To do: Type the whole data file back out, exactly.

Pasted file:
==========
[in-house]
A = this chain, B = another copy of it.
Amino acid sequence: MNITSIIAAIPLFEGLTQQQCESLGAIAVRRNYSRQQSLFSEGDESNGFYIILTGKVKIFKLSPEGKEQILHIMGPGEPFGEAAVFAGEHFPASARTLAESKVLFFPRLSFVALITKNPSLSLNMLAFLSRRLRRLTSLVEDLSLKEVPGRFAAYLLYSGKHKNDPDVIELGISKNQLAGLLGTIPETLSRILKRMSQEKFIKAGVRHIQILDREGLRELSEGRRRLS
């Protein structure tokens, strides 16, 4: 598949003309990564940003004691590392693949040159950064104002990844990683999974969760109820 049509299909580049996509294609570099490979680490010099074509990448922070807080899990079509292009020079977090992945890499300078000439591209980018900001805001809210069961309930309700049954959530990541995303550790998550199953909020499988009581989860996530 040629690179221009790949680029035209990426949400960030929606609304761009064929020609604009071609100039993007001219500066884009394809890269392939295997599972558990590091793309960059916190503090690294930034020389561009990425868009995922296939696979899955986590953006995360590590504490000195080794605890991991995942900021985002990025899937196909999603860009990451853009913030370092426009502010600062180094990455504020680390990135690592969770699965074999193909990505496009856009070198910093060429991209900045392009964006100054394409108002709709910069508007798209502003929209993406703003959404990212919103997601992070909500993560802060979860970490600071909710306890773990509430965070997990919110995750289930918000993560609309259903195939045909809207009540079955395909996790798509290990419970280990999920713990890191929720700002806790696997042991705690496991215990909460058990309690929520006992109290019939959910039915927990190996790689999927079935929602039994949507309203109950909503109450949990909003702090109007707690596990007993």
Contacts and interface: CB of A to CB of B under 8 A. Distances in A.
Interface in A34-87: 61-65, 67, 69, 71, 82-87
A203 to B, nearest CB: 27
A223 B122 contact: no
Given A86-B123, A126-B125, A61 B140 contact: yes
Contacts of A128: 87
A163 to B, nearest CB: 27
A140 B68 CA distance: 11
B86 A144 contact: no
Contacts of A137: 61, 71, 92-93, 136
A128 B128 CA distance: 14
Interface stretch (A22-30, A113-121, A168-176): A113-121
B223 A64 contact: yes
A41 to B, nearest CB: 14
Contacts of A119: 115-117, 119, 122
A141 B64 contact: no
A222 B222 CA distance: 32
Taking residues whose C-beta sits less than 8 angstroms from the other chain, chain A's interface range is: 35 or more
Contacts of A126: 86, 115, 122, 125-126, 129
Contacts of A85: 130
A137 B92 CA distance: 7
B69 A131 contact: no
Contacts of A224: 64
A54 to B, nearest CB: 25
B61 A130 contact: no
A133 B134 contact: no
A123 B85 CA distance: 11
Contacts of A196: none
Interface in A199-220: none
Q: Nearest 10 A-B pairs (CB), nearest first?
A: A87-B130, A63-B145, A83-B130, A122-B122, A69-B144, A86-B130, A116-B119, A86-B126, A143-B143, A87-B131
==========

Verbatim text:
[in-house]
A = this chain, B = another copy of it.
Amino acid sequence: MNITSIIAAIPLFEGLTQQQCESLGAIAVRRNYSRQQSLFSEGDESNGFYIILTGKVKIFKLSPEGKEQILHIMGPGEPFGEAAVFAGEHFPASARTLAESKVLFFPRLSFVALITKNPSLSLNMLAFLSRRLRRLTSLVEDLSLKEVPGRFAAYLLYSGKHKNDPDVIELGISKNQLAGLLGTIPETLSRILKRMSQEKFIKAGVRHIQILDREGLRELSEGRRRLS
């Protein structure tokens, strides 16, 4: 598949003309990564940003004691590392693949040159950064104002990844990683999974969760109820 049509299909580049996509294609570099490979680490010099074509990448922070807080899990079509292009020079977090992945890499300078000439591209980018900001805001809210069961309930309700049954959530990541995303550790998550199953909020499988009581989860996530 040629690179221009790949680029035209990426949400960030929606609304761009064929020609604009071609100039993007001219500066884009394809890269392939295997599972558990590091793309960059916190503090690294930034020389561009990425868009995922296939696979899955986590953006995360590590504490000195080794605890991991995942900021985002990025899937196909999603860009990451853009913030370092426009502010600062180094990455504020680390990135690592969770699965074999193909990505496009856009070198910093060429991209900045392009964006100054394409108002709709910069508007798209502003929209993406703003959404990212919103997601992070909500993560802060979860970490600071909710306890773990509430965070997990919110995750289930918000993560609309259903195939045909809207009540079955395909996790798509290990419970280990999920713990890191929720700002806790696997042991705690496991215990909460058990309690929520006992109290019939959910039915927990190996790689999927079935929602039994949507309203109950909503109450949990909003702090109007707690596990007993």
Contacts and interface: CB of A to CB of B under 8 A. Distances in A.
Interface in A34-87: 61-65, 67, 69, 71, 82-87
A203 to B, nearest CB: 27
A223 B122 contact: no
Given A86-B123, A126-B125, A61 B140 contact: yes
Contacts of A128: 87
A163 to B, nearest CB: 27
A140 B68 CA distance: 11
B86 A144 contact: no
Contacts of A137: 61, 71, 92-93, 136
A128 B128 CA distance: 14
Interface stretch (A22-30, A113-121, A168-176): A113-121
B223 A64 contact: yes
A41 to B, nearest CB: 14
Contacts of A119: 115-117, 119, 122
A141 B64 contact: no
A222 B222 CA distance: 32
Taking residues whose C-beta sits less than 8 angstroms from the other chain, chain A's interface range is: 35 or more
Contacts of A126: 86, 115, 122, 125-126, 129
Contacts of A85: 130
A137 B92 CA distance: 7
B69 A131 contact: no
Contacts of A224: 64
A54 to B, nearest CB: 25
B61 A130 contact: no
A133 B134 contact: no
A123 B85 CA distance: 11
Contacts of A196: none
Interface in A199-220: none
Q: Nearest 10 A-B pairs (CB), nearest first?
A: A87-B130, A63-B145, A83-B130, A122-B122, A69-B144, A86-B130, A116-B119, A86-B126, A143-B143, A87-B131